Lobbyist says votes aligned for new Wisconsin mining bill; teachers' unions in merger talks; Mississippi navigation ends today, more briefs
A lobbyist for Gogebic Taconite says he believes there are enough votes in the state Legislature to pass mining incentives that were defeated in March.
Bob Seitz told the Milwaukee Journal Sentinel that the mining firm is taking a "wait-and-see attitude" about reinstating a project it scrapped after the last mining bill was voted down.
At a hearing last week, Tim Sullivan of the state's Mining Association said a new bill needs to be different from the previous package, which Democrats said would have slashed environmental protections and reduced public input.
Sullivan said federal officials could raise objections to whatever the state does, and it might take a mining company five years or more to get a required state permit.
But Gogebic's lobbyist said it shouldn't take that long. Seitz said the political landscape has changed enough to get it done.
Last week, Republican Tom Tiffany of Hazelhurst was named to chair the Senate's mining panel. Tiffany was a strong supporter of last spring's Assembly package, which was later watered down in the Senate.
Gogebic started planning for the largest mine in state history - a $1.5 billion iron ore mine stretching along parts of Ashland and Iron counties. But the firm dropped the project after the Senate's actions in March.
Seitz said Gogebic has been watching the latest developments.
Gov. Scott Walker said if a bill could pass early next year, Gogebic could get started soon after. Seitz said an early approval could let Gogebic get data on wetlands in its project area when water levels are high in the spring.
Navigation on Mississippi ending today
The navigation season was to end Monday on the Wisconsin portion of the Mississippi River.
The water is not frozen yet but the Army Corps of Engineers needs to do some repair work.
A renovation and maintenance project begins today on Lock & Dam 6 at Trempealeau, between La Crosse and Winona. The work is expected to be finished by March 11th, before next season's boat traffic begins on the Mississippi.
This season is closing two days earlier than a year ago.
State's two largest teachers' unions consider merger
The Wisconsin Education Association Council's representative assembly approved merger talks over the weekend after the state's chapter of the American Federation of Teachers did the same.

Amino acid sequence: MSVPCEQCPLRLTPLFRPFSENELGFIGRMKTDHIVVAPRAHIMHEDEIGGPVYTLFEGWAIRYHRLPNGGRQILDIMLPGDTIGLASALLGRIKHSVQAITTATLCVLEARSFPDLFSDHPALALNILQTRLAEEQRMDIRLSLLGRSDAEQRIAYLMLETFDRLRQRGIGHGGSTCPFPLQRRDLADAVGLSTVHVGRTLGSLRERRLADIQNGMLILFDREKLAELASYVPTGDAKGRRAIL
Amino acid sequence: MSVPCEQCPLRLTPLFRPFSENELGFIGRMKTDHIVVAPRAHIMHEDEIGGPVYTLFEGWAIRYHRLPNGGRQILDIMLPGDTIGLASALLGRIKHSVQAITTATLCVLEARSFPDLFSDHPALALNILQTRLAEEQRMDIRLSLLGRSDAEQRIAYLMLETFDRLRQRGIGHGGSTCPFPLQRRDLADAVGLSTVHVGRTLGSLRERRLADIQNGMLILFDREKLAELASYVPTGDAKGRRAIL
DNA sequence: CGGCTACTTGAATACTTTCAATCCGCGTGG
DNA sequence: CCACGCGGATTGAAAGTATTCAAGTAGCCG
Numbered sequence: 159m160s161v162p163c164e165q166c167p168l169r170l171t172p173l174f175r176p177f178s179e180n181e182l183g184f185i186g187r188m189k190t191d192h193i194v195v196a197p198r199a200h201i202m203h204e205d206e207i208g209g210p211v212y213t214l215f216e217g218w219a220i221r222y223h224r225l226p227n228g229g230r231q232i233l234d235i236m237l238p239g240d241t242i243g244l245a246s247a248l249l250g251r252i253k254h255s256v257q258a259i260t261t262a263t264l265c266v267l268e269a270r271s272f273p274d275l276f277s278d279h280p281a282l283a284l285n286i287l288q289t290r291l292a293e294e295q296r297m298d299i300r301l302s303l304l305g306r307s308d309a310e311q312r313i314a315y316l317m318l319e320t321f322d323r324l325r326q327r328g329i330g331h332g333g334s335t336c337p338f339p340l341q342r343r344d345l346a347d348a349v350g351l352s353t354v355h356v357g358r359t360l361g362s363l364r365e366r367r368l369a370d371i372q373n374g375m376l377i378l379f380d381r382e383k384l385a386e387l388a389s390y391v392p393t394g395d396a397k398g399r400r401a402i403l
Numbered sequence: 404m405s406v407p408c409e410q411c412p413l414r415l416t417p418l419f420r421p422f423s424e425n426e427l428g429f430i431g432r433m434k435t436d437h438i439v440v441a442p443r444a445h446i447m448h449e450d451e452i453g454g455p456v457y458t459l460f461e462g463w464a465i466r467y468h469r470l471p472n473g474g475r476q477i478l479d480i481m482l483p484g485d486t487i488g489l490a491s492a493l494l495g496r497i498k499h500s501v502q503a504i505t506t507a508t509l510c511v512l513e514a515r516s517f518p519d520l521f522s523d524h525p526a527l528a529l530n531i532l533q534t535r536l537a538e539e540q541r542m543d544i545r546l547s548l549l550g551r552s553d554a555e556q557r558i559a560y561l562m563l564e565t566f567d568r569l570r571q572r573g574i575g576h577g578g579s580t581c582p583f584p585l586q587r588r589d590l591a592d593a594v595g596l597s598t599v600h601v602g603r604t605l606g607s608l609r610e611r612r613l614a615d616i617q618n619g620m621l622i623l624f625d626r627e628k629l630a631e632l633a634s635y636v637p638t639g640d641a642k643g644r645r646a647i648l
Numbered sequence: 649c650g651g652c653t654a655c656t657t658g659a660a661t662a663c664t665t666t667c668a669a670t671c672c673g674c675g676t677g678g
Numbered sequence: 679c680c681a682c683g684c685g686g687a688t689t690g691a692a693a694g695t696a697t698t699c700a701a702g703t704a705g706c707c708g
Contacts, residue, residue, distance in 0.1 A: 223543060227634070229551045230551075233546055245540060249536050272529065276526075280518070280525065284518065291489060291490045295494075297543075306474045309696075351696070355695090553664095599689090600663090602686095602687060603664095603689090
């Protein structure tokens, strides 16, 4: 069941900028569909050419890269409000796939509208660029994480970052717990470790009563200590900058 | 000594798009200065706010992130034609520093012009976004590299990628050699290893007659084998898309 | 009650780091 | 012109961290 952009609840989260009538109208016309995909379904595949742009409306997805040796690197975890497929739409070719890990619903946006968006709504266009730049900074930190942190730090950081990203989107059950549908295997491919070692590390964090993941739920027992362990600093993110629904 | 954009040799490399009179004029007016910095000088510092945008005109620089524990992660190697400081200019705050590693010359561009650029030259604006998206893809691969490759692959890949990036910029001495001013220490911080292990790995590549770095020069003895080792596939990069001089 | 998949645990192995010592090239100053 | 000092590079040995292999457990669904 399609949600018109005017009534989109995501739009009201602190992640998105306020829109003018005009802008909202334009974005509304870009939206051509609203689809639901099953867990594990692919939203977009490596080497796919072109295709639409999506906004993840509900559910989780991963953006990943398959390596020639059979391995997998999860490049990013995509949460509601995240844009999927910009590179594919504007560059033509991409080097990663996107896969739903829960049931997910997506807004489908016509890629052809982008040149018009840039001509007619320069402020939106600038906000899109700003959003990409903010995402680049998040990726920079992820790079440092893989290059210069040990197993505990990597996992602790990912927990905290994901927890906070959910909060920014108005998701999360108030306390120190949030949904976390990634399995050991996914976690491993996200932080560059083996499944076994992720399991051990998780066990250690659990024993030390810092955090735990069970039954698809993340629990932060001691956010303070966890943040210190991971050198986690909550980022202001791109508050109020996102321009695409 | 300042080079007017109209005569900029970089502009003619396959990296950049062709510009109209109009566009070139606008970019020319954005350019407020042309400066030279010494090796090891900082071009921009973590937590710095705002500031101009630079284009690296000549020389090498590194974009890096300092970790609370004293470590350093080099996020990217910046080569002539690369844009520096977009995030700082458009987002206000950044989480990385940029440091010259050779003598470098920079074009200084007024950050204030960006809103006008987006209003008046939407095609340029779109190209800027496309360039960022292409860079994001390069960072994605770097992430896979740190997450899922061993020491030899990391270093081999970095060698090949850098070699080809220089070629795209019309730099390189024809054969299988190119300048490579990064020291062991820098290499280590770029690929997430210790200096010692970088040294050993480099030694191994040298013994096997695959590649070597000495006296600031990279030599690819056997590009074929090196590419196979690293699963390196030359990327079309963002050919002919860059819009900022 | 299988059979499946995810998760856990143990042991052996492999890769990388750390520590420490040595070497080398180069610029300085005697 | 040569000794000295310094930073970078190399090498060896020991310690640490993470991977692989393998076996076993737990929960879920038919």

Membership in both groups plunged by 30 percent since the 2011 law which virtually eliminated collective bargaining by most public unions. That's because union dues are no longer mandatory.
WEAC President Mary Bell said her group has had a relationship with AFT for decades, and it's more useful for the two to work together and present a united front.
WEAC Director Dan Burkhalter told the Wisconsin State Journal that its business model has been "busted up." He said the union was geared mainly toward collective bargaining and spending big money to campaign for public officials who would preserve those privileges.
Members said the new focus is to make local unions as powerful as possible.
Just before the bargaining law passed, many school districts extended their previous contracts, but they generally expired in June. Some schools, like Madison, scrambled to approve new contracts in September after a Dane County struck down the collective bargaining limits for schools and local governments. The state is appealing that decision.
Senator hopes to stop 'robocalls'
Wisconsin state Senator Dave Hansen says he got eight or nine "robocalls" per day during the last election.
The Green Bay Democrat said he wants those calls permanently banned, calling them a nuisance and a waste of time. Hansen says he has heard similar complaints from many of his constituents.
So-called robocalls are recorded political solicitations placed through a computer which dials a list of phone numbers.
Putting your number on a Do Not Call list doesn't protect you from the unwanted contacts. It's been suggested banning the calls could be the same as limiting free speech.